Prevent this cruelty to Lynne Stewart, whose lifelong commitment to justice is now a struggle for her life.

Free Lynne Stewart Now!

Ralph Poynter and Family

Message from Lynne

Your outpouring of support has lifted Lynne’s spirits as she undergoes the ravaging effects of chemotherapy. On March 20, she sent this message to each and every one of you from her seven-person cell in the Federal Medical Center, Carswell, Texas:

“I want you, individually, to know how gratified and happy it makes me to have your support. It is uplifting, to say the least, and after a lifetime of organizing it proves once again that the People can rise.

“The acknowledgement of the life-political, and solutions brought about by group unity and support, is important to all of us. Equally, so is the courage to sign on to a demand for a person whom the government has branded with the ‘T’ word – Terrorist. Understanding that the attack on me is a subterfuge for an attack on all lawyers who advocate without fear of government displeasure, with intellectual honesty guided by their knowledge and their client’s desire for his or her case, I hope our effort can be a crack in the American bastion. Thank you.” – Lynne

Lynne Stewart graphic 1211 by Rashid Johnson, web
Drawing by Kevin “Rashid” Johnson, a fellow prisoner now in Oregon
Lynne Stewart devoted over 30 years of her life to helping others as a criminal defense lawyer. She defended the poor, the disadvantaged and those targeted by the police and the state. Such had been her reputation as a fearless lawyer, ready to challenge those in power, that judges assigned her routinely to act for defendants whom no attorney was willing to represent.

Now Lynne Stewart needs our urgent help or she may die in prison. Our determination can compel the Bureau of Prisons to file the motion for compassionate release that will free Lynne Stewart.

Check out the Justice for Lynne Stewart website, www.lynnestewart.org, to view the signatories (up to March 31, 2013), comments from signers, the postcard from Pete Seeger and much more.

Now Lynne Stewart needs our urgent help or she may die in prison.

Remind your friends to sign the petition and to disseminate it to others. Ask each person to get five people to sign, and each of those five to ask five people of their own. In five stages, you will have reached another 3,000 people! Sign the petition at www.change.org/petitions/petition-to-free-lynne-stewart-save-her-life-release-her-now-2.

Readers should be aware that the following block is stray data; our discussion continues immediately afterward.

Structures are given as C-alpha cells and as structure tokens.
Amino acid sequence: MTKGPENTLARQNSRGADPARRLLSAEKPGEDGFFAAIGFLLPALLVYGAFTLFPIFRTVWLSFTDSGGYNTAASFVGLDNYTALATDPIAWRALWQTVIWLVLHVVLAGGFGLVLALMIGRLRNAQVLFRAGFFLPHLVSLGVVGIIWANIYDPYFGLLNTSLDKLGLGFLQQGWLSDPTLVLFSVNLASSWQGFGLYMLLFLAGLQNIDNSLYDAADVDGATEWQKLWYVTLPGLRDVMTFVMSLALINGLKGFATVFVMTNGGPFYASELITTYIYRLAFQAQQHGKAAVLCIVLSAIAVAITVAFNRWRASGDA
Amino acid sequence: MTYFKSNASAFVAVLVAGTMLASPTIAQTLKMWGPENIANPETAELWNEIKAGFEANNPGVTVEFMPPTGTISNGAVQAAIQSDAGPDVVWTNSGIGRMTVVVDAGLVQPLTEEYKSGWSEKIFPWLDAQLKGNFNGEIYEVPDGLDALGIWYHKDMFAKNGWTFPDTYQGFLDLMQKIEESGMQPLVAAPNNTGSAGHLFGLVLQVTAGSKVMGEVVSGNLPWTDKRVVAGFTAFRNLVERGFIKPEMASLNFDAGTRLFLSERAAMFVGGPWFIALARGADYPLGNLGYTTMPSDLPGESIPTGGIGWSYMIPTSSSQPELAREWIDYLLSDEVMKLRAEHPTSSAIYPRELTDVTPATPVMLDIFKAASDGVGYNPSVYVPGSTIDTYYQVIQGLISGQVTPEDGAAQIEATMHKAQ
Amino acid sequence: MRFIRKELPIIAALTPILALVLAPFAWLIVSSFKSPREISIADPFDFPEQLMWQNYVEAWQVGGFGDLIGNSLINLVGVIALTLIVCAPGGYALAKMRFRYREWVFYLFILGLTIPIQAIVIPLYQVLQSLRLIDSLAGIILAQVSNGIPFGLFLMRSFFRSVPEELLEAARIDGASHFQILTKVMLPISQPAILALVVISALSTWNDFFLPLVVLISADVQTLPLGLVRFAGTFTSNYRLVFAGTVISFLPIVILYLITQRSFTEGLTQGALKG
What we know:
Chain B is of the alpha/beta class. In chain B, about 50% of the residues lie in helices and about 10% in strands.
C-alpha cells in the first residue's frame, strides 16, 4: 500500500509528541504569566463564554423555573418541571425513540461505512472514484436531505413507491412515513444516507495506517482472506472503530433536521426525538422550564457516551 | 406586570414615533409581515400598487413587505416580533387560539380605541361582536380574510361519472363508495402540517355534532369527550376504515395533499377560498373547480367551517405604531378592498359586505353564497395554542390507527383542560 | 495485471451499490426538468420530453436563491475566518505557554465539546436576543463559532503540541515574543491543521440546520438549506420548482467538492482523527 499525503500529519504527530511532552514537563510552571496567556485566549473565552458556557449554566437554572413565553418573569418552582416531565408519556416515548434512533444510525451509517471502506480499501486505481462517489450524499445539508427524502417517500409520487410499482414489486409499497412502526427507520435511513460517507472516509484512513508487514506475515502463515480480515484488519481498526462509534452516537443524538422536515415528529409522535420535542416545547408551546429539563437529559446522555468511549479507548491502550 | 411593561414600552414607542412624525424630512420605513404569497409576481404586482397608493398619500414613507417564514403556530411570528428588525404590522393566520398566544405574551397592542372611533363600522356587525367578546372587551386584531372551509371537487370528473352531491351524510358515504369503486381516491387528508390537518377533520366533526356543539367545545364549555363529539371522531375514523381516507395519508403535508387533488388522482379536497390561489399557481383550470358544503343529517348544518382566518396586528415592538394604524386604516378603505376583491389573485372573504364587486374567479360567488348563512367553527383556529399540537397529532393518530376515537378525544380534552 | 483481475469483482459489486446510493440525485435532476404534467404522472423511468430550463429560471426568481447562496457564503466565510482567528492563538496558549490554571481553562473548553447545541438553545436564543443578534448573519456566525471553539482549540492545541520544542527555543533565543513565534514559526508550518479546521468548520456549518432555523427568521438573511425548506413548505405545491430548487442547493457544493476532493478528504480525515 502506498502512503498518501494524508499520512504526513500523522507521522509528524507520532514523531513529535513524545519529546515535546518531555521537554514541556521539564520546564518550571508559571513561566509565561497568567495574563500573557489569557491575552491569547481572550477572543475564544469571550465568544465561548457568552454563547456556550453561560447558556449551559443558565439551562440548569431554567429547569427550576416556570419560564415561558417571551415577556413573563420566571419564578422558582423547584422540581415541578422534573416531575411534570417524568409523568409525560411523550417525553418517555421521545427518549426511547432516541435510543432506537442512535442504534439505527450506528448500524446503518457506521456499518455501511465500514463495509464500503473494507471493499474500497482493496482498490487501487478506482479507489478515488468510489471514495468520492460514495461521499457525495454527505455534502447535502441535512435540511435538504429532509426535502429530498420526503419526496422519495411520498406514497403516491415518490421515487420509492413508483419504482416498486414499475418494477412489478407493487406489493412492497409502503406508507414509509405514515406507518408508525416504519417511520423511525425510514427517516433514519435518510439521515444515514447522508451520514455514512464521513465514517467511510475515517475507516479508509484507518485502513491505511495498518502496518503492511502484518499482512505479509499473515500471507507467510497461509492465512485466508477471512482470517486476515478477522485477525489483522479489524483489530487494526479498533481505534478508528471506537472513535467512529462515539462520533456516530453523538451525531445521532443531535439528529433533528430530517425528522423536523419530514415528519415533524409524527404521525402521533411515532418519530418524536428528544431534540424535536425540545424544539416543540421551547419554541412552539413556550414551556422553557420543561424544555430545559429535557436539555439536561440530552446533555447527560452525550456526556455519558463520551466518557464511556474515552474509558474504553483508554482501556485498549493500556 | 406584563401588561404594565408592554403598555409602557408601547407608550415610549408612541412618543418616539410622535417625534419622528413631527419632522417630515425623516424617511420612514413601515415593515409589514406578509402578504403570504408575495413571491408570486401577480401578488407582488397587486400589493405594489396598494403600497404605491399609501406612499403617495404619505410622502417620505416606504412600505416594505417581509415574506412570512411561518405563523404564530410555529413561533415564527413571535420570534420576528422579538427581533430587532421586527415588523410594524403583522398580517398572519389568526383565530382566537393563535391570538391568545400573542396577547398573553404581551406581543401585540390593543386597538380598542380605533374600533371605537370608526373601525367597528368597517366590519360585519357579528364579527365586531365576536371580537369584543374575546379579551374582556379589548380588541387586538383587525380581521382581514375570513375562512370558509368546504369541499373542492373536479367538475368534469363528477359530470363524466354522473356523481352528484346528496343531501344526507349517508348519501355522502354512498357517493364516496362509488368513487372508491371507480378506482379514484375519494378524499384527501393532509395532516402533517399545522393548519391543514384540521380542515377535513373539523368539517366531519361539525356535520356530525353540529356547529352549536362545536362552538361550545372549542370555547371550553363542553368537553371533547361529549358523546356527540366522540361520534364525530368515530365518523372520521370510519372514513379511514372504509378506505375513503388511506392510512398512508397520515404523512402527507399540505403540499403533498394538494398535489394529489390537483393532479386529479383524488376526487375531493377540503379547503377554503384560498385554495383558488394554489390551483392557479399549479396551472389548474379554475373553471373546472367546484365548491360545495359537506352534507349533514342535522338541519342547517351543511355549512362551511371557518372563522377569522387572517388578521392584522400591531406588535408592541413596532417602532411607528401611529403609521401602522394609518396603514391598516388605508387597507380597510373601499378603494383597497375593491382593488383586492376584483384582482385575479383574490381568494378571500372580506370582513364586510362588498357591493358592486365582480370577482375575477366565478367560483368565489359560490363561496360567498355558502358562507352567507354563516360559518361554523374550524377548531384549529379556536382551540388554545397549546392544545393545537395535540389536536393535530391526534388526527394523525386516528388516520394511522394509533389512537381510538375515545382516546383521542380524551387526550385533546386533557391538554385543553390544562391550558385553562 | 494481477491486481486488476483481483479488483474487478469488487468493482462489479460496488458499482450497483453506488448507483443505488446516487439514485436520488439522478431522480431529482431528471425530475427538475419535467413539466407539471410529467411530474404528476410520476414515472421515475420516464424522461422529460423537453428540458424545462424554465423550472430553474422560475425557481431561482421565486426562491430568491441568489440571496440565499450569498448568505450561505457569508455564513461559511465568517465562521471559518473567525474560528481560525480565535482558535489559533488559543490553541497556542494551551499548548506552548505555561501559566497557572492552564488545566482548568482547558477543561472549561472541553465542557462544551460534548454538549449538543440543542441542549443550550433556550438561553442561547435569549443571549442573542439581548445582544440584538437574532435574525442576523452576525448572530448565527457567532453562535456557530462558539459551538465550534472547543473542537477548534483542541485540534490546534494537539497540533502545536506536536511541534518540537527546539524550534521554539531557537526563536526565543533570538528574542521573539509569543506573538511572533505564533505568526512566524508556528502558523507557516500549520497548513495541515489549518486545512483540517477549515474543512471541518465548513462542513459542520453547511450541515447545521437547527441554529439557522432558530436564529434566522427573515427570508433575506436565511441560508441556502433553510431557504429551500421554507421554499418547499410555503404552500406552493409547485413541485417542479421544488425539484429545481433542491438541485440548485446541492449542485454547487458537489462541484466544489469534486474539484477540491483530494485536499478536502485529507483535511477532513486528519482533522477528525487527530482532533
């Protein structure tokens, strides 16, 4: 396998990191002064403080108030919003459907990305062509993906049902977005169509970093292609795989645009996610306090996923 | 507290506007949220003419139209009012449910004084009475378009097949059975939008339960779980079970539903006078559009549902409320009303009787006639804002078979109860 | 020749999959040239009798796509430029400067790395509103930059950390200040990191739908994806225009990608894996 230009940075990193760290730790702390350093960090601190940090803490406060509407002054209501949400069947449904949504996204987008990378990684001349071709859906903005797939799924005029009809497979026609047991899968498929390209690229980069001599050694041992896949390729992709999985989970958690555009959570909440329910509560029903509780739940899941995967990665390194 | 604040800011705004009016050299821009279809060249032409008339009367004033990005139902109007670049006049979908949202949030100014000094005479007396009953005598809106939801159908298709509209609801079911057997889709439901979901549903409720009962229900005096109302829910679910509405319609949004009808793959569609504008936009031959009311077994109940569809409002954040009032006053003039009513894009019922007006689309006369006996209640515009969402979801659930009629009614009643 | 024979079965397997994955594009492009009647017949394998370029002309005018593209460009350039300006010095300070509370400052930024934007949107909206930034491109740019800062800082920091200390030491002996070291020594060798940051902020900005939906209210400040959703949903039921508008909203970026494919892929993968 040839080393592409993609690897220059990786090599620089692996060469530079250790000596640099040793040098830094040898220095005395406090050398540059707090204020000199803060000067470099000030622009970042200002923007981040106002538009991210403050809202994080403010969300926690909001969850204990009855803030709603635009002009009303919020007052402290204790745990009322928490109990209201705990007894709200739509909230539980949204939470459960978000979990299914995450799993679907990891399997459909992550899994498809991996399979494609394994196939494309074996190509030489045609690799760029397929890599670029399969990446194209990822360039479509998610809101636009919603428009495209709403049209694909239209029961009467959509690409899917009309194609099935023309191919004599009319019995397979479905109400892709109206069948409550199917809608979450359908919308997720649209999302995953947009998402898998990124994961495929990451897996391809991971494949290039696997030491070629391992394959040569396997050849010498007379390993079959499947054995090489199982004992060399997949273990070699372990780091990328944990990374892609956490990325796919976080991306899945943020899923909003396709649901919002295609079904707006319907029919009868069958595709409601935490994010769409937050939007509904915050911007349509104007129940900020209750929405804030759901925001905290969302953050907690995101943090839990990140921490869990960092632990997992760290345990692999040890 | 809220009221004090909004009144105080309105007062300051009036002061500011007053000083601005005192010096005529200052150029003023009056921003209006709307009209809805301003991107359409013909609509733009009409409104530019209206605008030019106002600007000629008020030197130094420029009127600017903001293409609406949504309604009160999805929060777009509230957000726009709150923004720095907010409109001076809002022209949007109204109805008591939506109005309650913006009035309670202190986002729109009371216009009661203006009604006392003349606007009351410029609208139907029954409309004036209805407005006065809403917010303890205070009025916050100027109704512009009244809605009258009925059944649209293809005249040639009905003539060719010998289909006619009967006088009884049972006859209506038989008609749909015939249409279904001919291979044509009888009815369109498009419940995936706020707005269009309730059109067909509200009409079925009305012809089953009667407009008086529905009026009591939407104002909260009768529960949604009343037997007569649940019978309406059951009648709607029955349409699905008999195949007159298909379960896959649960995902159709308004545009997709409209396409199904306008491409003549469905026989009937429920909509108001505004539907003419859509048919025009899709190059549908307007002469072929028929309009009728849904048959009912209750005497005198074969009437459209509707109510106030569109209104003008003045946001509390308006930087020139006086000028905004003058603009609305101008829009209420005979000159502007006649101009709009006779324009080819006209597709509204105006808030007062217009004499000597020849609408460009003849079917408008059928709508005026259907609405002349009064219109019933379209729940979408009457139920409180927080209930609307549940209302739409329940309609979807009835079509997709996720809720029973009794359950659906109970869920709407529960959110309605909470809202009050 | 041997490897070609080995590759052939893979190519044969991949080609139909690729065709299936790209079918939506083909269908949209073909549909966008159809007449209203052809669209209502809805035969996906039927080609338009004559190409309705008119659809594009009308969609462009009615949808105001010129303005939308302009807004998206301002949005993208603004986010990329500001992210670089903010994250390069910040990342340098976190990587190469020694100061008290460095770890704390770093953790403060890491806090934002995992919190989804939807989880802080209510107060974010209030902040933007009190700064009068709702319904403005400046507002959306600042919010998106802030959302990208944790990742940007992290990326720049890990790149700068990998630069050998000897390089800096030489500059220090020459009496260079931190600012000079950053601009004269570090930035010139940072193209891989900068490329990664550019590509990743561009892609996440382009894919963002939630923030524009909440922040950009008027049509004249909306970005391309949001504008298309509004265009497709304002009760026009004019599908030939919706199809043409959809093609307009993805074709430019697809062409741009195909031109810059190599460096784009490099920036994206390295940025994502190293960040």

Let the struggle spread far and wide!

Lynne’s letter to Archbishop Tutu in response to his support

My dear honorable Desmond Tutu:

I hardly know how to address you, for while we have never met face to face we are bonded as only those who fight for the rights and justice of humanity can be. As my husband and I are activists of many years and struggles, we can claim this lovely unity with you harking back to Nelson Mandela at Robbin Island, the original ANC and before. While I know you are still engaged in helping South Africa reach the highest level of the expectations of freedom, I am most pleased and amazed that you have taken the time to support my efforts against the U.S. prison system.

I have now been in jail as a political prisoner since 2009, but only recently been diagnosed with fatal cancer. The “mechanism” in the U.S. law that allows “compassionate release” is so infrequently utilized that the New York Times wrote an editorial criticizing the system.

Anytime the key to the jailhouse is placed in the hands of uncaring bureaucrats, freedom is at stake. Having been informed that their “rule” is that one must have death in the room, a prognosis of a year or less to be considered, once again forces me to don my armor and do battle – not just for me but for all the millions of prisoners who do not receive the consideration that they deserve. It is a fight to demand that each person is treated with individual care and attention.

It is with great joy that I see you joining me and this renews my hope and belief that the worldwide network of good caring people exists and can be made manifest. Thanks. Lynne Stewart

Dick Gregory to fast until Lynne Stewart is freed

Dick Gregory issued a declaration April 4, on the anniversary of the assassination of Martin Luther King Jr., that “I shall refuse all solid food until Lynne Stewart is freed and receives medical treatment in the care of her family and with physicians of her choice, without which she will die. …

“In 2002, Lynne Stewart was targeted by then-President George Bush and Attorney General John Ashcroft for providing a vigorous defense of her client, the blind Egyptian cleric Sheikh Omar Abdel Rahman. She was charged with conspiracy to provide material support to a terrorist activity after she exercised both her and her client’s First Amendment rights by presenting a press release to a Reuters journalist. She did nothing more than other attorneys, such as her co-counsel former Attorney General Ramsey Clark, have done on behalf of their clients.